15 – Do you hold regular or occasional readings or launches? How important do you see public readings and other events?

Apt. 9 has only hosted one reading/launch to date, but another is on the horizon. As well, we produced a chapbook by Stuart Ross to coincide with an already scheduled reading of his in Ottawa. It was a great opportunity to print something by a non-Ottawa writer, given that Apt. 9 does not have the resources to bring people to Ottawa independently. I think readings are important to get the work into people's hands.

16 – How do you utilize the internet, if at all, to further your goals?

We have a website (apt9press.ca) with information on books, events, contact information, submissions, all the usual. It's useful for organizing events, contacting writers for manuscripts, contacting others to distribute work, etc.

17 – Do you take submissions? If so, what aren’t you looking for?

We don't presently accept unsolicited poetry or fiction. The books are time and labour intensive, and I'm always pleasantly surprised when production is finished on each. There is always a nagging doubt that each won't be, so I'm trying to not commit to too many books in advance. I have 3 or 4 lined up at any given time, but more than that and I'd be afraid of sitting on someone's manuscript for 6 or 8 or more months without being able to offer them a firm timeline, and that just isn't fair in the world of chapbook publishing.

We DO want non-fiction projects and proposals. We’re interested in books to do with all sorts of interesting aspects of Ottawa’s literary history. Whether it be a reading series (past or present), a mag (past or present), a press (past of present), a writer (past or present), in whatever form (essay, history, memoir, primary documents, interview, etc…), send us a proposal (250-500 words).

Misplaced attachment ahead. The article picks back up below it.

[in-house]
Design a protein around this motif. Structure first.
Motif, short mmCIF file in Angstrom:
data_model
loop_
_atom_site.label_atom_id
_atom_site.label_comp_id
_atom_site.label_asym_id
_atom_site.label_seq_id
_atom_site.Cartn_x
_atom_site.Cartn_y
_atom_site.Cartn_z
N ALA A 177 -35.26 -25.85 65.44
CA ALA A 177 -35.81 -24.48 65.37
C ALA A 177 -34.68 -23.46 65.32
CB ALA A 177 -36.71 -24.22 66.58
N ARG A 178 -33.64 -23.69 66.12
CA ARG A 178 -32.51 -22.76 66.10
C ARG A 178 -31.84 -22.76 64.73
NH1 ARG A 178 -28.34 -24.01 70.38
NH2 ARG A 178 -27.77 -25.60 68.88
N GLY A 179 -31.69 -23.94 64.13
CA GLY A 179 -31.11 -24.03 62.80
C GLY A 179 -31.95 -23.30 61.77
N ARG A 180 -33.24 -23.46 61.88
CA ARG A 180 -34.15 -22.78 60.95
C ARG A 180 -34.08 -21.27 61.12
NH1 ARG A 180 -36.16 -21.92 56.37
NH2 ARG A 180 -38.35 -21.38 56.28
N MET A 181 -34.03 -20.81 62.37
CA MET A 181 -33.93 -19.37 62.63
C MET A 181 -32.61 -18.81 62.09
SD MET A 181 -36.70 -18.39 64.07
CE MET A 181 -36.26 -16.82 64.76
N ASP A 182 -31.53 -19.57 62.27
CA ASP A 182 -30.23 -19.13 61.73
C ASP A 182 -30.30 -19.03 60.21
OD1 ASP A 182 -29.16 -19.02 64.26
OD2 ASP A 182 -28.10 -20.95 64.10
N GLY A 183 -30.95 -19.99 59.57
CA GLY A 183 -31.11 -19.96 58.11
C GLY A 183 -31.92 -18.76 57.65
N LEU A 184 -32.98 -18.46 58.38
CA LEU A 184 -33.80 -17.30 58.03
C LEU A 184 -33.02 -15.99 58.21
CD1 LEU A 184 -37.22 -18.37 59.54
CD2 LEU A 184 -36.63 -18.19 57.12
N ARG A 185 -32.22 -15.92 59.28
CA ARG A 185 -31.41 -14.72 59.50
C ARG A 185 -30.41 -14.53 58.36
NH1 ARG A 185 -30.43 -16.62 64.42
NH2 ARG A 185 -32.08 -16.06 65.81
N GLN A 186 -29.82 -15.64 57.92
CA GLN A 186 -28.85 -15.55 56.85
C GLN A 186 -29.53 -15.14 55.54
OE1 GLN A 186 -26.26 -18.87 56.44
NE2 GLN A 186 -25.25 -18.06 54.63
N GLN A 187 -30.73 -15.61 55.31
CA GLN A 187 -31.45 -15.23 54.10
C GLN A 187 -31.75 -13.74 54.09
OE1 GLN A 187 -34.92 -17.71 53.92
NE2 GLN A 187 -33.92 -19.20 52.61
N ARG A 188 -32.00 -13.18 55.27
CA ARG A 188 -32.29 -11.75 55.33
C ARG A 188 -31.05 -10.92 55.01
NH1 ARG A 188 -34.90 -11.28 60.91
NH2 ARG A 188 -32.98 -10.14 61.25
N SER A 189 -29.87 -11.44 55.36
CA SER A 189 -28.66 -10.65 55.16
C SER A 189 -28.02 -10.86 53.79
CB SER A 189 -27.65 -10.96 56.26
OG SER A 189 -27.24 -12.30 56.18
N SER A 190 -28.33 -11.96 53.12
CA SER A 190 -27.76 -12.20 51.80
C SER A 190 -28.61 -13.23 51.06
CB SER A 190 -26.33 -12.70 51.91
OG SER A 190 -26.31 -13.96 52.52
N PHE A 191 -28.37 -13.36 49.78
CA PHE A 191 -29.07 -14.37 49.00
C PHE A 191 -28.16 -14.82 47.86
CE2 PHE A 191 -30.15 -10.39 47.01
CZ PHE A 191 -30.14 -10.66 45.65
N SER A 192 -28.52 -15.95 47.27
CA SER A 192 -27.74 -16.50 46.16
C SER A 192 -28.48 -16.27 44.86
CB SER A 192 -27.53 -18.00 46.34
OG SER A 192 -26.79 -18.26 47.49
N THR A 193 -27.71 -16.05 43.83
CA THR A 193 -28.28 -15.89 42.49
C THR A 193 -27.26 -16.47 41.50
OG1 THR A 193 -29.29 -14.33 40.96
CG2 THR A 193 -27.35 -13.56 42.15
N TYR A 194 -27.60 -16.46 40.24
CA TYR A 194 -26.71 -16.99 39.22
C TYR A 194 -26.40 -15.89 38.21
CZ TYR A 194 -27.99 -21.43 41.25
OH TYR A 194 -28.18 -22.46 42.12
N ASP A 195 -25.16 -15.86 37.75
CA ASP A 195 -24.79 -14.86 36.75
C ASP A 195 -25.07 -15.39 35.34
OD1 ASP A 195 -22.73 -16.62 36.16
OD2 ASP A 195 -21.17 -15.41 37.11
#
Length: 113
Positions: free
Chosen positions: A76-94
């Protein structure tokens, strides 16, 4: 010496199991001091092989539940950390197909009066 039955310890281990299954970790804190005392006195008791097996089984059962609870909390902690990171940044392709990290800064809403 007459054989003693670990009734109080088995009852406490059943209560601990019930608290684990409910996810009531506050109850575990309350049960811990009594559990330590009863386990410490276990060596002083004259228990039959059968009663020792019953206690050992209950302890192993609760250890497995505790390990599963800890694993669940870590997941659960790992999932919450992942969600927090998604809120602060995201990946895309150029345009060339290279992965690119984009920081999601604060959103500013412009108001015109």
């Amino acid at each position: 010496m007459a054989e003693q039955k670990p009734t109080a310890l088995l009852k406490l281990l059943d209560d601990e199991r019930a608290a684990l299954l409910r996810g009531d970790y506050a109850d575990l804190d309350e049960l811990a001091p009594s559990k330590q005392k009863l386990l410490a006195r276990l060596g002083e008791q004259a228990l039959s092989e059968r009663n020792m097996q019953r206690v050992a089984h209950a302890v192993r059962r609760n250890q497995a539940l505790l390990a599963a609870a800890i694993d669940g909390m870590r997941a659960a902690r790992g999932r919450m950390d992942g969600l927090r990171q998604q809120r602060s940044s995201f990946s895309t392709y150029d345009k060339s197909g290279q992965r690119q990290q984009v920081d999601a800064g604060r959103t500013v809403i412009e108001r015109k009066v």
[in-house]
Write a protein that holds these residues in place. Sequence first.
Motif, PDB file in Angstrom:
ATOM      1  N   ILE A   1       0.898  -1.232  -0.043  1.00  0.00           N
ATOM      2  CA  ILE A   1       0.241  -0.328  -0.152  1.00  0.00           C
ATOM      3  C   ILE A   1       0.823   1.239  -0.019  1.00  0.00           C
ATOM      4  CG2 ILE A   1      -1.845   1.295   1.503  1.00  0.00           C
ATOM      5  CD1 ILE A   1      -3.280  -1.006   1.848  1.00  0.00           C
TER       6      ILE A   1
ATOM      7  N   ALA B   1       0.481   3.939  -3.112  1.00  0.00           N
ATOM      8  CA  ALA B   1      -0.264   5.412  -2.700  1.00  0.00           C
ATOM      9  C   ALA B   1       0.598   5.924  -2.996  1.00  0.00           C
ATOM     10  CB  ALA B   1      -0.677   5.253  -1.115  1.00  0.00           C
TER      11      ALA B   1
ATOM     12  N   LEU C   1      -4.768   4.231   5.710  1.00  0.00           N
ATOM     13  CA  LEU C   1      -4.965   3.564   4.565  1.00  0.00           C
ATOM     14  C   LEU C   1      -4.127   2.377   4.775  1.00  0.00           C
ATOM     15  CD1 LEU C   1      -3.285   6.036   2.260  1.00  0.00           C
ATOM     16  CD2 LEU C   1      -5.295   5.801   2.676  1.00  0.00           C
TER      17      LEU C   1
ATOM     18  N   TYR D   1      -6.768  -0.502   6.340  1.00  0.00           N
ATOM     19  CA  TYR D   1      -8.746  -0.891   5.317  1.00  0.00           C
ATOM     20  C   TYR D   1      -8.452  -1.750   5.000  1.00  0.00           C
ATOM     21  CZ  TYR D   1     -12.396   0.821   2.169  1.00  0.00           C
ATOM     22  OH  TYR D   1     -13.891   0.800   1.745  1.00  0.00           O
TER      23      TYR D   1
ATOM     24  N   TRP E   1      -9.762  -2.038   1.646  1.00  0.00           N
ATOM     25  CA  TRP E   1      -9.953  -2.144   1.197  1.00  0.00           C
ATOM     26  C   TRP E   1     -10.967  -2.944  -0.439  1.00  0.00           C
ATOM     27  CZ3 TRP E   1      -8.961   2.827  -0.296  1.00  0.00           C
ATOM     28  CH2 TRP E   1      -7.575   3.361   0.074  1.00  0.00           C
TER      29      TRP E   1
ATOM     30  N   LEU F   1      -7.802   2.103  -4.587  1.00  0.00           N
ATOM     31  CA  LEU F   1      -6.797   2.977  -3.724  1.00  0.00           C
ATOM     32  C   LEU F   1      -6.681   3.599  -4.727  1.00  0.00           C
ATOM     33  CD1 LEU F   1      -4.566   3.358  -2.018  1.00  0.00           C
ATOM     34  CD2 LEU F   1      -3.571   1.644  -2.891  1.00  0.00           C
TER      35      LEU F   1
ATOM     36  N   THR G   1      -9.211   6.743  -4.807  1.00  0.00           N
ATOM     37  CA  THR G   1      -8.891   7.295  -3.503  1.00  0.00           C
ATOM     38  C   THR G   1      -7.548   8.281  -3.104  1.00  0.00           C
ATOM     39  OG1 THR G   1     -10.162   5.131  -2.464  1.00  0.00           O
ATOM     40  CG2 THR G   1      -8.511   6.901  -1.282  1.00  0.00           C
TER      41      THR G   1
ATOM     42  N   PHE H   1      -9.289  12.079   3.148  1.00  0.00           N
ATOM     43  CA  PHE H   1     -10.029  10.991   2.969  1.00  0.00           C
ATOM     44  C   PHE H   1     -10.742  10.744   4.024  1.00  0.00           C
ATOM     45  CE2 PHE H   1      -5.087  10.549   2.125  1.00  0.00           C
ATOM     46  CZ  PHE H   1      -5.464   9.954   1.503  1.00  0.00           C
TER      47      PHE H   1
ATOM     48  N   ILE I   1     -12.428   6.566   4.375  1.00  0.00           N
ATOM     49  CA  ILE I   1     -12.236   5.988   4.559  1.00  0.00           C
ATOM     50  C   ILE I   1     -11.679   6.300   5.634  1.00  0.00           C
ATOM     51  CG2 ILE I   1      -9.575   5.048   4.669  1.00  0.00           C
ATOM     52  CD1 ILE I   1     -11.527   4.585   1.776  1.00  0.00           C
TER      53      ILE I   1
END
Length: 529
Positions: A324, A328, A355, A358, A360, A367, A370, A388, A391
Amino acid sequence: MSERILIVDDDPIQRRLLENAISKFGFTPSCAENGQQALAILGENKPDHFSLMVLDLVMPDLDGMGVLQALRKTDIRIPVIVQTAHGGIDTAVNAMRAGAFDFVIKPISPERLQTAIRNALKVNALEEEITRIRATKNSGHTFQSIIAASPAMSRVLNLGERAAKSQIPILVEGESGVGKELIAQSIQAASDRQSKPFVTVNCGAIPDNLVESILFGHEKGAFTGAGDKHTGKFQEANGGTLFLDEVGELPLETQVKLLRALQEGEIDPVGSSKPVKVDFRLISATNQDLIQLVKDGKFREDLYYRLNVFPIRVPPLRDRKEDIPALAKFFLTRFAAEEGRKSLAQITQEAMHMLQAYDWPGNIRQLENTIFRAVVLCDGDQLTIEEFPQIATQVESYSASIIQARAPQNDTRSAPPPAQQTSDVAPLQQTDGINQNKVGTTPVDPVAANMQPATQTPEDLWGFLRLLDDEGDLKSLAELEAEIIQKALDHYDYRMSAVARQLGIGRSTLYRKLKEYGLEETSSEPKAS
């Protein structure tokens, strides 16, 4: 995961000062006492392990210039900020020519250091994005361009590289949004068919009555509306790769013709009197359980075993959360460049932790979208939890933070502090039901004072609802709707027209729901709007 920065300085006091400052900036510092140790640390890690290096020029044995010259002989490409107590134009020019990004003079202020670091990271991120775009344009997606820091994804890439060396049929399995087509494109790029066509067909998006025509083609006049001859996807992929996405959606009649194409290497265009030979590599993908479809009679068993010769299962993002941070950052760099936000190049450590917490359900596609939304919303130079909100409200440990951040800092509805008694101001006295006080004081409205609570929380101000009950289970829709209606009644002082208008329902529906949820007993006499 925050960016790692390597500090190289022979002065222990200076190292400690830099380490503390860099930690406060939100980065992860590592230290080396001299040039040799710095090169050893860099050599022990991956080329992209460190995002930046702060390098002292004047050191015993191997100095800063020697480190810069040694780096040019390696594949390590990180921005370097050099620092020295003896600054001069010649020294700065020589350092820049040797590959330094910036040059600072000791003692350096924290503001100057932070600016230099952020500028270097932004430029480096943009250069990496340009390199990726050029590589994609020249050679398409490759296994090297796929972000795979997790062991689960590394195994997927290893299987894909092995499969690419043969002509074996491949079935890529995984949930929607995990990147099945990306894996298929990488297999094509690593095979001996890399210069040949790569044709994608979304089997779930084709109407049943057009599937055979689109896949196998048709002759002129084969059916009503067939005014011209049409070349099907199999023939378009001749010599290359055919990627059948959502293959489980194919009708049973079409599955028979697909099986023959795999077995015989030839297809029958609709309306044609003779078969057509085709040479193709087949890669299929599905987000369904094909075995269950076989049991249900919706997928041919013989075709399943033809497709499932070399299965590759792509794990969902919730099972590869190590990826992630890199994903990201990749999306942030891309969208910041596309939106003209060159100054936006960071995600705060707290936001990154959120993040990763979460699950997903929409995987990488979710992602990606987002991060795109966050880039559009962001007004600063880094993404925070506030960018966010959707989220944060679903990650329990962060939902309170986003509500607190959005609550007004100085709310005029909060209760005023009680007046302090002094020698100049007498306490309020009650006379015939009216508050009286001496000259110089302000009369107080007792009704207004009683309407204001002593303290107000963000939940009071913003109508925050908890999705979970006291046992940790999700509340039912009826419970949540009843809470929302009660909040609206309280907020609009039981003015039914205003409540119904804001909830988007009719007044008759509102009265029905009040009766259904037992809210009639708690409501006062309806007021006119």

18 – Tell me about three of your most recent titles, and why they’re special.

The two most recently completed books are how are you she innocently asked by Michael Dennis, and I Have Come To Talk About Manners by Stuart Ross. Dennis and Ross are two of my literary heroes, so these two are very special to me personally. The sustained energy and commitment to all things small press by these two is a real source of inspiration at Apt. 9, and I was thrilled that they agreed to trust me with their work. Michael’s book mixes poems and short stories, and the reader gets glimpses of a surreal bent in his writing that is rarely talked about. As well, his prose is not widely published; he tells a great story! Stuart’s book is his first set of poems since Dead Cars in Managua (2008) outside of magazine publications, and that is cause enough for celebration. These are wonderful poems, they’ll make you laugh and then they’ll punch you in the gut.

Forthcoming, I’m very proud of a descriptive bibliography of William Hawkins. It’s an item I’ve been compiling over the last year, and recently Bill came on board with the project. He has agreed to have his original, legendary poster poems from the sixties re-printed in the book. I think it will prove an important object in his catalogue.